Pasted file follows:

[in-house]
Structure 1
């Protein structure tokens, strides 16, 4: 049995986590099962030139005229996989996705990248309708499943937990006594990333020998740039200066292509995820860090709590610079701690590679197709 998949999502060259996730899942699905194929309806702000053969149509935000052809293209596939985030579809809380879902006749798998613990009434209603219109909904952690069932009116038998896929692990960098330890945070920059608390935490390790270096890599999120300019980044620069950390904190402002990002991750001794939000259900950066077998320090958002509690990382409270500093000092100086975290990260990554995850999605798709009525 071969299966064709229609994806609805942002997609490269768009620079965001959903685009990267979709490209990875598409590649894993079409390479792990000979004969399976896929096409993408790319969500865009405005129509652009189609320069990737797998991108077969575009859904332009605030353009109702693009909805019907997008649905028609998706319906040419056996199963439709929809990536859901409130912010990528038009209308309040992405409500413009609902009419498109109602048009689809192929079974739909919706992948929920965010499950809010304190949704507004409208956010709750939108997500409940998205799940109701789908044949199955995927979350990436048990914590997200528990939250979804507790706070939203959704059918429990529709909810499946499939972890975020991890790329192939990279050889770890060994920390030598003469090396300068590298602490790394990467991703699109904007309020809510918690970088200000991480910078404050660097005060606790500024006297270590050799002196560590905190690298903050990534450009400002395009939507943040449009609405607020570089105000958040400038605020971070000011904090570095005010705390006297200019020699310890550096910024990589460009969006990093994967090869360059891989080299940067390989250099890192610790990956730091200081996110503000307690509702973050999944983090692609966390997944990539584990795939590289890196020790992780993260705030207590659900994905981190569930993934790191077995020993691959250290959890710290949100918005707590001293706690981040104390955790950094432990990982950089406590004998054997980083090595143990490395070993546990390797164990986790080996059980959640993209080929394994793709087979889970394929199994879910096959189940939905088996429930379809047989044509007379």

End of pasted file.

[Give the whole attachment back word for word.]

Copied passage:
[in-house]
Structure 1
């Protein structure tokens, strides 16, 4: 049995986590099962030139005229996989996705990248309708499943937990006594990333020998740039200066292509995820860090709590610079701690590679197709 998949999502060259996730899942699905194929309806702000053969149509935000052809293209596939985030579809809380879902006749798998613990009434209603219109909904952690069932009116038998896929692990960098330890945070920059608390935490390790270096890599999120300019980044620069950390904190402002990002991750001794939000259900950066077998320090958002509690990382409270500093000092100086975290990260990554995850999605798709009525 071969299966064709229609994806609805942002997609490269768009620079965001959903685009990267979709490209990875598409590649894993079409390479792990000979004969399976896929096409993408790319969500865009405005129509652009189609320069990737797998991108077969575009859904332009605030353009109702693009909805019907997008649905028609998706319906040419056996199963439709929809990536859901409130912010990528038009209308309040992405409500413009609902009419498109109602048009689809192929079974739909919706992948929920965010499950809010304190949704507004409208956010709750939108997500409940998205799940109701789908044949199955995927979350990436048990914590997200528990939250979804507790706070939203959704059918429990529709909810499946499939972890975020991890790329192939990279050889770890060994920390030598003469090396300068590298602490790394990467991703699109904007309020809510918690970088200000991480910078404050660097005060606790500024006297270590050799002196560590905190690298903050990534450009400002395009939507943040449009609405607020570089105000958040400038605020971070000011904090570095005010705390006297200019020699310890550096910024990589460009969006990093994967090869360059891989080299940067390989250099890192610790990956730091200081996110503000307690509702973050999944983090692609966390997944990539584990795939590289890196020790992780993260705030207590659900994905981190569930993934790191077995020993691959250290959890710290949100918005707590001293706690981040104390955790950094432990990982950089406590004998054997980083090595143990490395070993546990390797164990986790080996059980959640993209080929394994793709087979889970394929199994879910096959189940939905088996429930379809047989044509007379």